Community Research and Development Information Service - CORDIS

H2020

RETHRIM Report Summary

Project ID: 643580
Funded under: H2020-EU.3.1.

Periodic Reporting for period 1 - RETHRIM (Restoring tissue regeneration in patients with visceral Graft versus Host Disease.)

Reporting period: 2015-01-01 to 2016-06-30

Summary of the context and overall objectives of the project

Allogeneic stem cell transplantation is a potentially curative treatment for a variety of haematological disorders. While offering the potential for cure, one of the major complications after transplantation is the occurrence of acute Graft-versus-Host Disease (aGvHD), which in its severe form (grade III-IV with organ involvement) caries a mortality risk of up to 75%. The consortium partners have been involved in a number of phase I/II trials that indicated that the use of third-party Mesenchymal Stromal Cells (MSC) might be an effective therapy for visceral (organ involvement) GvHD. However, no definitive proof of effectiveness through double-blind placebo controlled multicentre studies has been obtained. The current phase III clinical trial is aimed at setting a new standard for the treatment of visceral GvHD. MSC regenerative therapy will be employed to determine its potential to improve the rates of remission and overall survival and to improve quality of life.

The underlying hypothesis of the project is that outcome of MSC treatment is determined by the interplay between the MSC product and the inflammatory environment in the patient. To this end, patient samples obtained from the clinical trial and the MSC products produced to treat patients will be extensively studied to provide insight into the mechanisms of response to MSC therapy. Ideally this will provide insight for diagnostic and therapeutic development of MSC potency assays and biomarker assays to predict response to therapy.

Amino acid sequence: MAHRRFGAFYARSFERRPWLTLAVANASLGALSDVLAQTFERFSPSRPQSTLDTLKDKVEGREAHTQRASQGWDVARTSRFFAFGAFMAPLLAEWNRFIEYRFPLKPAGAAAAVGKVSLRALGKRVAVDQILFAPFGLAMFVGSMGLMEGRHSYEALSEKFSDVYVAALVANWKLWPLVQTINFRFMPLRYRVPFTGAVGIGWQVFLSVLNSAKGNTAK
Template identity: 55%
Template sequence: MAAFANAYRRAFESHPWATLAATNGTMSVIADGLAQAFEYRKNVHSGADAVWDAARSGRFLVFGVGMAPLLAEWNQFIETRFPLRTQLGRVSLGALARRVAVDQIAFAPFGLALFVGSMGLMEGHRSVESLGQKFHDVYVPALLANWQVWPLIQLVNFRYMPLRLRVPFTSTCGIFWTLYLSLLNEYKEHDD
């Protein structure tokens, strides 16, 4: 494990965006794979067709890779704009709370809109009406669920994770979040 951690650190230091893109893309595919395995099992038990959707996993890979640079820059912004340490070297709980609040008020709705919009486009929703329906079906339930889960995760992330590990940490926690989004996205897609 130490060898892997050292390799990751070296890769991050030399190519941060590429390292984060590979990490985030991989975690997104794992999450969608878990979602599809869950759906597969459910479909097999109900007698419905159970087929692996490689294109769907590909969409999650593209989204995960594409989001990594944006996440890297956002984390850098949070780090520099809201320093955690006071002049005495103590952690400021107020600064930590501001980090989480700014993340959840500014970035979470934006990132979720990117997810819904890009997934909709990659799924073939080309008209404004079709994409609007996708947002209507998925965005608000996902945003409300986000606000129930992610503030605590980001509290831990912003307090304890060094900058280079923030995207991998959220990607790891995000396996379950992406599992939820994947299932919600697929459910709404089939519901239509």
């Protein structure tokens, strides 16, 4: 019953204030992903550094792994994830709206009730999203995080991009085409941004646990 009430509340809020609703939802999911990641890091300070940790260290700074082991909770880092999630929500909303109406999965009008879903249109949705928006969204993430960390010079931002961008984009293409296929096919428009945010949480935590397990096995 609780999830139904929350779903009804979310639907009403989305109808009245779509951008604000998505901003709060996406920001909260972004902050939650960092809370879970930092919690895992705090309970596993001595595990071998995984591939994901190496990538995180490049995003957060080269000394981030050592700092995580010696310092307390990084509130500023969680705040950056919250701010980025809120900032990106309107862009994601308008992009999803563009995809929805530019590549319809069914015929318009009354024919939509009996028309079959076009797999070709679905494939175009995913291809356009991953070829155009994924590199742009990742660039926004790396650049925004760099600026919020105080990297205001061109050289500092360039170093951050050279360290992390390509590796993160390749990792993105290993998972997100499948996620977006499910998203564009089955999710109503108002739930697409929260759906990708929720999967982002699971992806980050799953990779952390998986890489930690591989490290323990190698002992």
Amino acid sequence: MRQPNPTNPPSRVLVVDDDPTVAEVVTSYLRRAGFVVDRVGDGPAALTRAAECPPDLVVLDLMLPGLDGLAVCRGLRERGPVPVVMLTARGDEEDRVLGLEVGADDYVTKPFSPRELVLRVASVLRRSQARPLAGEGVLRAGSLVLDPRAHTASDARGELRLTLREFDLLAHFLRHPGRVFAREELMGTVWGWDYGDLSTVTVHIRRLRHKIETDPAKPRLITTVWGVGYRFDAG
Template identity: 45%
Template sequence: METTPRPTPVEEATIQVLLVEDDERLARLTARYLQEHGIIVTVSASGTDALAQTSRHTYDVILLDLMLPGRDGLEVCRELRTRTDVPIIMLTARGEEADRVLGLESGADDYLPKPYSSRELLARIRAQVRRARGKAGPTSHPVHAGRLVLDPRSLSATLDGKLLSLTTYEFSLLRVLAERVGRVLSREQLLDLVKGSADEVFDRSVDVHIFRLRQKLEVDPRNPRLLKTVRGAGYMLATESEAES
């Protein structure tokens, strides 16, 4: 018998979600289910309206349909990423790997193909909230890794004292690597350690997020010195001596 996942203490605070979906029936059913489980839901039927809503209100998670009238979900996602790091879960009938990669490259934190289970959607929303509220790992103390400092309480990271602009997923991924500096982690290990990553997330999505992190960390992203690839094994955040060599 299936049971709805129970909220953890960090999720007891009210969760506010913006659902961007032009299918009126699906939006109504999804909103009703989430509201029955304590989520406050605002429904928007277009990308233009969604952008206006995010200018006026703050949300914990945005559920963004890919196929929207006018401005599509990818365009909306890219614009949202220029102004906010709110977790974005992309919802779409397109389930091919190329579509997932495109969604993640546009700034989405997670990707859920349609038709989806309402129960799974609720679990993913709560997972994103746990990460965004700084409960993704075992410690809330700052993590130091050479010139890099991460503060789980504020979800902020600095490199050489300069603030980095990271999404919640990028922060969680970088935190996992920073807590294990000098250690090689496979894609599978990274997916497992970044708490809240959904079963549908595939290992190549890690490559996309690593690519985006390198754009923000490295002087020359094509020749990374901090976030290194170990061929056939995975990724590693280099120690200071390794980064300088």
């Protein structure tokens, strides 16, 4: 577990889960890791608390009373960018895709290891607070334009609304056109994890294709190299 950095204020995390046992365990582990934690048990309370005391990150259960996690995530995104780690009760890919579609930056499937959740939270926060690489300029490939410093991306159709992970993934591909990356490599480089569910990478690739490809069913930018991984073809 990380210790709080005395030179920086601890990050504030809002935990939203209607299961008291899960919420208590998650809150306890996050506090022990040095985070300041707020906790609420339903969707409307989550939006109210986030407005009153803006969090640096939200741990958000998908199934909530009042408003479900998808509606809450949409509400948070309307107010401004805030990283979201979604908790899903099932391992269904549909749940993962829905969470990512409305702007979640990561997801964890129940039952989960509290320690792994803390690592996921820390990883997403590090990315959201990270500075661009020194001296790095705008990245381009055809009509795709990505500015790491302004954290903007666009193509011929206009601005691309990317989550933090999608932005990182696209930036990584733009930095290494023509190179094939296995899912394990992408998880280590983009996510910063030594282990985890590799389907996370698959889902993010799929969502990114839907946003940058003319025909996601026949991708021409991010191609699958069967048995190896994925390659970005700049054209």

In addition to the clinical trial, quality of life and health technology assessments will be performed as well as ethical studies regarding patient access to care. Output from these studies will allow the consortium to formulate a set of measures to convince health authorities, regulatory bodies and insurance companies on the usefulness of MSC therapy and provide suggestions and recommendations for changes in clinical practise, legislation and regulation of MSC regenerative therapy.

Within RETHRIM, clinical work is the central part of the project. The three main objectives are all closely linked to the clinical trial. In short the objective can be characterised as Treat, Design and Recommend:

- Objective 1, Treat patients to establish therapy effectiveness;
- Objective 2, Design potency signatures for MSC and biomarker assays to predict therapy outcome; -
- Objective 3, Provide recommendations to initiate changes in clinical practice and to allow the implementation of better regulatory requirements for regenerative therapies.

Figure 1 is a graphical representation of the work packages within the project showing their integration which starts with production of the drug product for the treatment of patients to development of assays and evaluation of clinical data. The expected impact is that the consortium will be able to create awareness of the study results among all stakeholders through dissemination and communication to achieve changes in clinical practice and deliver a business plan to exploit the study results.

Work performed from the beginning of the project to the end of the period covered by the report and main results achieved so far

Central to the RETHRIM project is a phase III clinical trial to which all the work packages in this study are linked.

Figure 1 is a graphical representation of the work packages within the project showing their integration which starts with production of the drug product for the treatment of patients to development of assays and evaluation of clinical data. The expected impact is that the consortium will be able to create awareness of the study results among all stakeholders through dissemination and communication to achieve changes in clinical practice and deliver a business plan to exploit the study results.

WP1, PROJECT MANAGEMENT, deals with overall management of the consortium and so far 3 consortium meetings and over 10 teleconferences have been organised to discuss the progress of the project.